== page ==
Reach for the Light


Featured: A Review of the film “The School of Good and Evil” (2022)

The School of Good and Evil was a refreshingly whack-a-doodle, fun film, with an easily understood plot and a vaguely good lesson. While, objectively the film is trash, it had a certain nostalgic charm, especially for those of us who grew up with such Disney classics as The Wizards of Waverly Place etc.

It has a jarring, weird modernity, despite the obviously medieval setting, that is both off-putting, but weirdly fun too, like knowingly breaking an inconsequential rule in a strict school and getting away with it. Overall, I liked it enough that I’m now reading the d*mn novel, so… what that says about me…

Trailer of The School of Good and Evil

Property of: Netflix

The Synopsis of The School of Good and Evil

So basically IMDB describes it as:

In the village of Gavaldon, two misfits and best friends, Sophie (Sophia Anne Caruso) and Agatha (Sofia Wylie), share the unlikeliest of bonds. Sophie, a golden-haired seamstress, dreams of escaping her dreary life to become a princess, while Agatha, with her grim aesthetic and offbeat mother, is a witch.

One night under a blood red moon, a powerful force sweeps them away to the School for Good and Evil – where the true stories behind every great fairy tale begin. Yet something is amiss from the start: Sophie is dropped into the School for Evil, run by the glamorous and acid-tongued Lady Lesso (Charlize Theron), and Agatha in the School for Good, overseen by the sunny and kind Professor Dovey (Kerry Washington). As if navigating classes with the offspring of the Wicked Witch (Freya Parks), Captain Hook (Earl Cave), and King Arthur (Jamie Flatters) wasn’t hard enough, according to the Schoolmaster (Laurence Fishburne), only true love’s kiss can change the rules and send the girls to their rightful schools and destiny.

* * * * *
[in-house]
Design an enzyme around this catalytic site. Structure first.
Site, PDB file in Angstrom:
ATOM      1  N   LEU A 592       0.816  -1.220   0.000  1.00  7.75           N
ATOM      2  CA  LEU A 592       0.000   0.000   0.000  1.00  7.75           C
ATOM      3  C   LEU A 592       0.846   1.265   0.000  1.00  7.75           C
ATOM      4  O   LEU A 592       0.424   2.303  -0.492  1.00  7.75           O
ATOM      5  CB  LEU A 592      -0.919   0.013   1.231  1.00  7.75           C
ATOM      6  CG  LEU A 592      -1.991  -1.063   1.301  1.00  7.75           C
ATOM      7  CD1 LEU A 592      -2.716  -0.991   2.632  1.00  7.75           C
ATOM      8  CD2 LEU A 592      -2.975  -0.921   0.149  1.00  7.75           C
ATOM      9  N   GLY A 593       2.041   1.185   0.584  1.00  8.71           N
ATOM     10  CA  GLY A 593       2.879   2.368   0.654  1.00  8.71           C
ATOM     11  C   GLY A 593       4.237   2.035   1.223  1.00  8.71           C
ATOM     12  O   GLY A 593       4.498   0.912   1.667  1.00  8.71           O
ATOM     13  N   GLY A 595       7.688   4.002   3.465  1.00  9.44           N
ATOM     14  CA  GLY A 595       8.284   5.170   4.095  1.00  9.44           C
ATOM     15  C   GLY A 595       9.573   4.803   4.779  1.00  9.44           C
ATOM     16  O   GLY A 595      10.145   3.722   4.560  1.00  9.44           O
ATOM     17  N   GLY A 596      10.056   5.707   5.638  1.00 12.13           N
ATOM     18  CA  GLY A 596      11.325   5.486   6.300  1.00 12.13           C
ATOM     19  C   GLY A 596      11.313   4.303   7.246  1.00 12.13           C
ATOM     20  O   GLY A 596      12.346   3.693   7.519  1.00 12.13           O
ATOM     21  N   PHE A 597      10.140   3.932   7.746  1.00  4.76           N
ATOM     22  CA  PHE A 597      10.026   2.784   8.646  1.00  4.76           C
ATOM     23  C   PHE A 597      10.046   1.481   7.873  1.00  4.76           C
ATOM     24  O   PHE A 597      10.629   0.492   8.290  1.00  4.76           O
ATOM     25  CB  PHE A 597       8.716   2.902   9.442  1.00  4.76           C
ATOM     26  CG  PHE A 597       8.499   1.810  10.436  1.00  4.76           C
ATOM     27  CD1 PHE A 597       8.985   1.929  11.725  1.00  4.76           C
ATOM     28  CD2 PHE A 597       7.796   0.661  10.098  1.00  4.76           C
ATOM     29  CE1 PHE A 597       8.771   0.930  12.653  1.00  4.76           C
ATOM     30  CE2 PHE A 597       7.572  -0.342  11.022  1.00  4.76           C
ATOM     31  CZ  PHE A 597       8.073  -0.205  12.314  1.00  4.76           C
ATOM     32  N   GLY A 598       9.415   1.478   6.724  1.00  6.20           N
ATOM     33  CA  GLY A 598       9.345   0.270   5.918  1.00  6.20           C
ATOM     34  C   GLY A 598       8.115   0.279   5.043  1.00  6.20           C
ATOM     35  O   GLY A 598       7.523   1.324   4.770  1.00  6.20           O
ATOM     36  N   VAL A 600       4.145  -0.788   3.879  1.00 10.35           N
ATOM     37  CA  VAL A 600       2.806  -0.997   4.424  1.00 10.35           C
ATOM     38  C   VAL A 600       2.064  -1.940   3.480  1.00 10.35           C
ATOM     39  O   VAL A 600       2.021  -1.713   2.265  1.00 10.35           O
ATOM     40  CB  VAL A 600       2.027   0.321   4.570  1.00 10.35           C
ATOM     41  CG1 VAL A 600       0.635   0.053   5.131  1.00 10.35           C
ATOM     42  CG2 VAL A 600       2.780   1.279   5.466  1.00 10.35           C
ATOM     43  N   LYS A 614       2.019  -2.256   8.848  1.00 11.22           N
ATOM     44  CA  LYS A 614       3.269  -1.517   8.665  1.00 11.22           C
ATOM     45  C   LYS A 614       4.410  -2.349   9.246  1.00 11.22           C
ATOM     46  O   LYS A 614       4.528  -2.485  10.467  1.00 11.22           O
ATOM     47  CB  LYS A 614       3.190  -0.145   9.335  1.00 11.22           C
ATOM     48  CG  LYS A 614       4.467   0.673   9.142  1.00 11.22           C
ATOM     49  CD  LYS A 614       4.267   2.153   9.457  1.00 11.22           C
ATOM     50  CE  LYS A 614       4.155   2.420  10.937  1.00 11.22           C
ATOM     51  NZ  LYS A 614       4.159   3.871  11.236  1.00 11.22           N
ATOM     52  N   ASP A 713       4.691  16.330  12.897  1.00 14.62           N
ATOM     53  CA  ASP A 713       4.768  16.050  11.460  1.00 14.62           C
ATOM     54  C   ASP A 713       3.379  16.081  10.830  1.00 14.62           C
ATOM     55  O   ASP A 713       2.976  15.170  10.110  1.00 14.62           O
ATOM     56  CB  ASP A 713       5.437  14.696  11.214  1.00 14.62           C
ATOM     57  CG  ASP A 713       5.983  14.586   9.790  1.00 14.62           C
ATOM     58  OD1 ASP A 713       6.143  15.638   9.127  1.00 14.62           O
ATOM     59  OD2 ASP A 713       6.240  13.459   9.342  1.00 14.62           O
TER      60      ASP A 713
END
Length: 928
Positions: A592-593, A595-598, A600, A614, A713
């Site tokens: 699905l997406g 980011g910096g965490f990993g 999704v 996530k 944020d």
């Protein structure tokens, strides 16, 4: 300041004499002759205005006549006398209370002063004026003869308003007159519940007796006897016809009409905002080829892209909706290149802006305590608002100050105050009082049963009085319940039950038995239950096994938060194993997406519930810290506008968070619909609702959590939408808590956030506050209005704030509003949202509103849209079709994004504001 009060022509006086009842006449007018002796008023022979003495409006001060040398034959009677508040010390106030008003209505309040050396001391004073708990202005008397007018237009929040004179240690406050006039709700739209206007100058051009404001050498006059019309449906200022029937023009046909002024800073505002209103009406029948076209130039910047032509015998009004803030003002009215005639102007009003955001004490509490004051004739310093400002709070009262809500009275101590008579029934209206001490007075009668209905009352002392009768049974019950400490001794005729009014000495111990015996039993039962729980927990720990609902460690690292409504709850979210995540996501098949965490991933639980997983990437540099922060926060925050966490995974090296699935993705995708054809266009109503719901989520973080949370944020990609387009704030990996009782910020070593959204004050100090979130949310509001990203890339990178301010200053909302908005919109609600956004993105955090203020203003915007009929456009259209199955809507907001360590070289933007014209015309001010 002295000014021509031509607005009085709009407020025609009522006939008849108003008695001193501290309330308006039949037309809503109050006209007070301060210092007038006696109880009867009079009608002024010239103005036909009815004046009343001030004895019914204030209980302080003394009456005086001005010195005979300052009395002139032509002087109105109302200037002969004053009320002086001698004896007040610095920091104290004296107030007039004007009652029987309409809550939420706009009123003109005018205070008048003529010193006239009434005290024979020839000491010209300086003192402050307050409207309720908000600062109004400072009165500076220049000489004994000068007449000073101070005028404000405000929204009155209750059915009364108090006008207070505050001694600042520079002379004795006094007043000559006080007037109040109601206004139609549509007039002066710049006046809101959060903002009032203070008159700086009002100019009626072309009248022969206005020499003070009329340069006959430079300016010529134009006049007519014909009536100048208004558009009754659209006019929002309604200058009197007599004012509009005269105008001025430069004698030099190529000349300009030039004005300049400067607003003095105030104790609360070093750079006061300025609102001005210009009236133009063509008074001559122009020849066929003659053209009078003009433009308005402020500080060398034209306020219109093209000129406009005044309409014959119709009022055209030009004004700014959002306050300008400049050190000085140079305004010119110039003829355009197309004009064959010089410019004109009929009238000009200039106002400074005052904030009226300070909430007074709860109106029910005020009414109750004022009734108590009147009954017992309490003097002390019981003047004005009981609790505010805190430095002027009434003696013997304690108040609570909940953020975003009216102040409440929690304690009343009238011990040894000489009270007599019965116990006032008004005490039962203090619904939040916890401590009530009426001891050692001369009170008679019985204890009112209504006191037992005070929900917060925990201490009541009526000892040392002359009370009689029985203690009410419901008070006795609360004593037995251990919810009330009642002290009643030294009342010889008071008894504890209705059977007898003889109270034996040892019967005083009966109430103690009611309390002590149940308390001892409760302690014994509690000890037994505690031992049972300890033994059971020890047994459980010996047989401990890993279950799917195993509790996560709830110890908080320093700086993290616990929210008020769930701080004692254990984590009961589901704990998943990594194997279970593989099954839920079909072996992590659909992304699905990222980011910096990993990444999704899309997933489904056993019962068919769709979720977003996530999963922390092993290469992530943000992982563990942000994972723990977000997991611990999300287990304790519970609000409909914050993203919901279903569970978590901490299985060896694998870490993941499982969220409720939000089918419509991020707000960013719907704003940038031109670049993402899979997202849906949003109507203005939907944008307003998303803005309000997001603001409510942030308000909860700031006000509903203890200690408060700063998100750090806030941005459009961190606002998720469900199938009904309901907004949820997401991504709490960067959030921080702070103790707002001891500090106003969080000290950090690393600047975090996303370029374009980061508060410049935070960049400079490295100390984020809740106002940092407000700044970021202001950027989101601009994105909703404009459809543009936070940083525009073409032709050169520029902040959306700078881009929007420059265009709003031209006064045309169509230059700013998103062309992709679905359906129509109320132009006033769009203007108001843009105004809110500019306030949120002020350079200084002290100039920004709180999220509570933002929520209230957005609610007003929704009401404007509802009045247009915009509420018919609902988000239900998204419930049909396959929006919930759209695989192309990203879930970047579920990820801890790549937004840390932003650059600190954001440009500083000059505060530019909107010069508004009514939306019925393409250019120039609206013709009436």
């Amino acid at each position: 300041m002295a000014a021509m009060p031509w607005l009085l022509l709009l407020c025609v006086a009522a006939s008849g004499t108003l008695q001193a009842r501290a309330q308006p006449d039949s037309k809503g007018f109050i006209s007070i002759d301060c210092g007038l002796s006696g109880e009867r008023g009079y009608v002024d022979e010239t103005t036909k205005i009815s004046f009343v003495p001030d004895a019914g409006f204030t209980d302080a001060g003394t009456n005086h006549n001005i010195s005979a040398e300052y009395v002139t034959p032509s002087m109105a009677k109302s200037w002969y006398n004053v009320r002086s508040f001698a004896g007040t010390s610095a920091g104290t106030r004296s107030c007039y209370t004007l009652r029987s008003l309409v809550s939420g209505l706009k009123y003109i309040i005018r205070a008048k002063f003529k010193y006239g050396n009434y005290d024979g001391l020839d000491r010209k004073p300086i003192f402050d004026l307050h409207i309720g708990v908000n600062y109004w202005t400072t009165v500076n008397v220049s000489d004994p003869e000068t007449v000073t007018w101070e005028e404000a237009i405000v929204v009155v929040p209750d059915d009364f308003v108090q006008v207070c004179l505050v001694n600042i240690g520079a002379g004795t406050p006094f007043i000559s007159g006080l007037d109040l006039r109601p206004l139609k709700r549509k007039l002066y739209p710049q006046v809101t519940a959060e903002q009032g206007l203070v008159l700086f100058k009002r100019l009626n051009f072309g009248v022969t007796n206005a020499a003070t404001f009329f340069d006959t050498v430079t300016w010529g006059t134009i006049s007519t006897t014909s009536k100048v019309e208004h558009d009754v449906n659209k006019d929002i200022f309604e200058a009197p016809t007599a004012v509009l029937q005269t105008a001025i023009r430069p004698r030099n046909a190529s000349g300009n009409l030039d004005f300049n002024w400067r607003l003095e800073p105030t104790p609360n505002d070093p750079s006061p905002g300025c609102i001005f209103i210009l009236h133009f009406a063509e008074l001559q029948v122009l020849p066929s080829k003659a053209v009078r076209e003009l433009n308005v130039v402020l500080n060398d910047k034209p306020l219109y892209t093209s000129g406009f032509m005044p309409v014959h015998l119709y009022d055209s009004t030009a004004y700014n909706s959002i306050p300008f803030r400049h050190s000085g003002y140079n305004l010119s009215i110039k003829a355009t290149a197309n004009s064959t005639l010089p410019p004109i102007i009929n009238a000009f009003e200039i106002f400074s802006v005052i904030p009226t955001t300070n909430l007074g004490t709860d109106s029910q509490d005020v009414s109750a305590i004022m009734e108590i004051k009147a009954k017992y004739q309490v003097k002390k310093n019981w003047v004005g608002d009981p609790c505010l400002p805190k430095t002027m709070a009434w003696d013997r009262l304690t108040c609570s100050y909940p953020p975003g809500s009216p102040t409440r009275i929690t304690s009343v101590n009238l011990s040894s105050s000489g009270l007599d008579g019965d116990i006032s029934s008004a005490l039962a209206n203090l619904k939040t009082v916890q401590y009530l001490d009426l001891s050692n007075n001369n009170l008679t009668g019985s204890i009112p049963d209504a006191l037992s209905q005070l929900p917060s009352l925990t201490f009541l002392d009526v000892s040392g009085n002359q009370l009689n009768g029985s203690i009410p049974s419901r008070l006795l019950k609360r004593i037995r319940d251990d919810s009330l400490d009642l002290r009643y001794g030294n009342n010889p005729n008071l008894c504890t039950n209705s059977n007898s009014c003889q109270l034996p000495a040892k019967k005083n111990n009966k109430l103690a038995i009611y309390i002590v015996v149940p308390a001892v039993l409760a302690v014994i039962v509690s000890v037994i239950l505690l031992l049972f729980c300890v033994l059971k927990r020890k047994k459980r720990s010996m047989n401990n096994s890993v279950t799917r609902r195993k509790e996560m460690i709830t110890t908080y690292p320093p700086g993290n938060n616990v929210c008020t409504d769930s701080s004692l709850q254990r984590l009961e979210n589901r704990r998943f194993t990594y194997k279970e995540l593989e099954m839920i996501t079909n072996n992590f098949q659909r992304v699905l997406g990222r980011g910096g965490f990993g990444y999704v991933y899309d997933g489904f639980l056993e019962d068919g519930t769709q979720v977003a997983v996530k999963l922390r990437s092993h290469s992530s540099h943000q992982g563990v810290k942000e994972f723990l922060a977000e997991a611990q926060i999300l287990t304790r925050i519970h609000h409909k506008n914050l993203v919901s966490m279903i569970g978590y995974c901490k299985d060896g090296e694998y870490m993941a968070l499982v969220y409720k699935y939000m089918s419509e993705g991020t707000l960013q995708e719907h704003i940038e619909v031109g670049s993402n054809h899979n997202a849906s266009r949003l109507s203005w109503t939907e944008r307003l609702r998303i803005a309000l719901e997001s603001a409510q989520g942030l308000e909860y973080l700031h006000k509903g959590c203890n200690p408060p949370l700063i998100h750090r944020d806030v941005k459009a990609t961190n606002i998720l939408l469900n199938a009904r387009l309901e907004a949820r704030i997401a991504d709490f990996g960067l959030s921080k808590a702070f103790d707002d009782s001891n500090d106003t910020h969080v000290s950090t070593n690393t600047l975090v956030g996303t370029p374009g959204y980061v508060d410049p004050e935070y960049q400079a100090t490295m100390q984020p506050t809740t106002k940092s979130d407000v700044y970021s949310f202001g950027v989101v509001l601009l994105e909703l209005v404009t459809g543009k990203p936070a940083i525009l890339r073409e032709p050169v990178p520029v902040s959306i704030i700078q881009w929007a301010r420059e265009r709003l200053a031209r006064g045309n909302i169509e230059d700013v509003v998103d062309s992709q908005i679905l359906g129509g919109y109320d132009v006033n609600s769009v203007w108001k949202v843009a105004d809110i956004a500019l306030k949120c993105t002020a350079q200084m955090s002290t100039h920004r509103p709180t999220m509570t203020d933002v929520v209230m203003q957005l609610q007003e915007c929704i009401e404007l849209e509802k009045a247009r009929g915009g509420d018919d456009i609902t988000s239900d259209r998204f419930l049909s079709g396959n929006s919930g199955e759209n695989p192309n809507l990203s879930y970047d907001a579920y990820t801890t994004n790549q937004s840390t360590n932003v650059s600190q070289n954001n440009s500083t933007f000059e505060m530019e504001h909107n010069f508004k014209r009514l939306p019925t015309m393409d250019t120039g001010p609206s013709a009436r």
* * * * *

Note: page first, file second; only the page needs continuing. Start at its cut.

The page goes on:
But when a dark and dangerous figure (Kit Young) with mysterious ties to Sophie reemerges and threatens to destroy the school and the world beyond entirely – the only way to a happy ending is to survive their real life fairytale first.

The Good Points of The School of Good and Evil

While I am a  self-proclaimed film critic, I’m an amateur, and can only judge the films by the scale of my enjoyment. In saying so, what I mean is that while sure that this movie is technically quite bad, I simply don’t have (or need) the education to know the details. I, myself, quite enjoyed watching it. I cringed through a few rough patches and laughed at the dumb story moments, as well as the weird romance, but, on the whole, I had a good time, which I believe is the whole purpose of a film in the first place.

In the end, the movie is so far removed from believability that it’s quirks become weirdly enjoyable. Strangely enough, I could see the rough outline of a gem underneath the flab of this movie (yes, I know I’m mixing metaphors, just run with it, you know what I mean!). I had the most fun imagining that, and sort of rewriting the script to be better while I was watching it, but maybe that’s just a me thing…


The weird juxtaposition of the modern language and attitude, versus the medieval setting is jarring but also kinda amusing. It kept me from being bored at the most expositiony parts of the movie. 


While the acting is nothing to write home about, the characters have potential. Adding a little bit of depth to their motivations would have made them actually complex and relatable. It made me keep watching till the end to see if maybe, just maybe their intriguing premises lead anywhere (of course now we all know they didn’t, but that’s a separate issue). 

The Bad Points of The School of Good and Evil

I believe I already enumerated these enough, but just for a quick round-up, the writing is lazy, the plot feels weirdly cramped, the acting is meh, the effects are sub-par and, the concluding theme is a cliche. It has a billionaire shopping list of defects, but overall, it’s fun. 


It’s a shaky 5.5/10. Watchable for a laugh, Ina specific mindset, for a specific group of people. 

Disclaimer: The School of Good and Evil

and all of its materials are owned by Netflix. We are merely using some of them in this post to illustrate a point (fair use). If you wish for your materials to be taken down please contact us and we will remove them immediately.

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